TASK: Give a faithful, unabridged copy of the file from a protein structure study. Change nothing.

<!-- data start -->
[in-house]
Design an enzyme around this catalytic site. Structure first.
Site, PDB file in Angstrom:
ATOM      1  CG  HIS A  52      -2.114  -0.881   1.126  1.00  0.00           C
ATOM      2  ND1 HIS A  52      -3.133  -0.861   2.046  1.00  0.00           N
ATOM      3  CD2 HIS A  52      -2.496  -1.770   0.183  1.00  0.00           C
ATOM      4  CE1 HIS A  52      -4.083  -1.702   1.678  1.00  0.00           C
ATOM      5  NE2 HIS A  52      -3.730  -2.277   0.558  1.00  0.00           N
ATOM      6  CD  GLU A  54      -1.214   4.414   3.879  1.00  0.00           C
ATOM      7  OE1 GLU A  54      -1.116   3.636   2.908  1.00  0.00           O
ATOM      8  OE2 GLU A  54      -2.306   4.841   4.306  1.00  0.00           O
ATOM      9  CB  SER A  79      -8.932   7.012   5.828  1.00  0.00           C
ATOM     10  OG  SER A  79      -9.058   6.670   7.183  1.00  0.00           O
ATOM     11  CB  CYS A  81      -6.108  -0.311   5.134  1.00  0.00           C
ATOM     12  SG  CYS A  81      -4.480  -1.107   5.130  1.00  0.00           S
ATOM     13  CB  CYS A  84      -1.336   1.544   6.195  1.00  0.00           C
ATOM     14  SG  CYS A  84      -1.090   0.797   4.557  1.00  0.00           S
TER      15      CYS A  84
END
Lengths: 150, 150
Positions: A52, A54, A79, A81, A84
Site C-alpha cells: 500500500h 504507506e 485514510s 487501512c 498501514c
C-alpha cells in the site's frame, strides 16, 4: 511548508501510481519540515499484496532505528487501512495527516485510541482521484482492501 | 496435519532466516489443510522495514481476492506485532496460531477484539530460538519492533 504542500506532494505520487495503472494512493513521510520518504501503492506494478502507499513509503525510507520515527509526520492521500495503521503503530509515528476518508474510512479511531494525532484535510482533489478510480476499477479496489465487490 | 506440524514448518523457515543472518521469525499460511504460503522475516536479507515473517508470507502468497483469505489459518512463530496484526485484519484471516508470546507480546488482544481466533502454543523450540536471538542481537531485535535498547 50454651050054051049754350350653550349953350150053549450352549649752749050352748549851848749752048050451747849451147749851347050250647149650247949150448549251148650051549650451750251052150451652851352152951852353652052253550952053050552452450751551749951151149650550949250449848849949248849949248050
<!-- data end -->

[in-house]
Design an enzyme around this catalytic site. Structure first.
Site, PDB file in Angstrom:
ATOM      1  CG  HIS A  52      -2.114  -0.881   1.126  1.00  0.00           C
ATOM      2  ND1 HIS A  52      -3.133  -0.861   2.046  1.00  0.00           N
ATOM      3  CD2 HIS A  52      -2.496  -1.770   0.183  1.00  0.00           C
ATOM      4  CE1 HIS A  52      -4.083  -1.702   1.678  1.00  0.00           C
ATOM      5  NE2 HIS A  52      -3.730  -2.277   0.558  1.00  0.00           N
ATOM      6  CD  GLU A  54      -1.214   4.414   3.879  1.00  0.00           C
ATOM      7  OE1 GLU A  54      -1.116   3.636   2.908  1.00  0.00           O
ATOM      8  OE2 GLU A  54      -2.306   4.841   4.306  1.00  0.00           O
ATOM      9  CB  SER A  79      -8.932   7.012   5.828  1.00  0.00           C
ATOM     10  OG  SER A  79      -9.058   6.670   7.183  1.00  0.00           O
ATOM     11  CB  CYS A  81      -6.108  -0.311   5.134  1.00  0.00           C
ATOM     12  SG  CYS A  81      -4.480  -1.107   5.130  1.00  0.00           S
ATOM     13  CB  CYS A  84      -1.336   1.544   6.195  1.00  0.00           C
ATOM     14  SG  CYS A  84      -1.090   0.797   4.557  1.00  0.00           S
TER      15      CYS A  84
END
Lengths: 150, 150
Positions: A52, A54, A79, A81, A84
Site C-alpha cells: 500500500h 504507506e 485514510s 487501512c 498501514c
C-alpha cells in the site's frame, strides 16, 4: 511548508501510481519540515499484496532505528487501512495527516485510541482521484482492501 | 496435519532466516489443510522495514481476492506485532496460531477484539530460538519492533 504542500506532494505520487495503472494512493513521510520518504501503492506494478502507499513509503525510507520515527509526520492521500495503521503503530509515528476518508474510512479511531494525532484535510482533489478510480476499477479496489465487490 | 506440524514448518523457515543472518521469525499460511504460503522475516536479507515473517508470507502468497483469505489459518512463530496484526485484519484471516508470546507480546488482544481466533502454543523450540536471538542481537531485535535498547 50454651050054051049754350350653550349953350150053549450352549649752749050352748549851848749752048050451747849451147749851347050250647149650247949150448549251148650051549650451750251052150451652851352152951852353652052253550952053050552452450751551749951151149650550949250449848849949248849949248050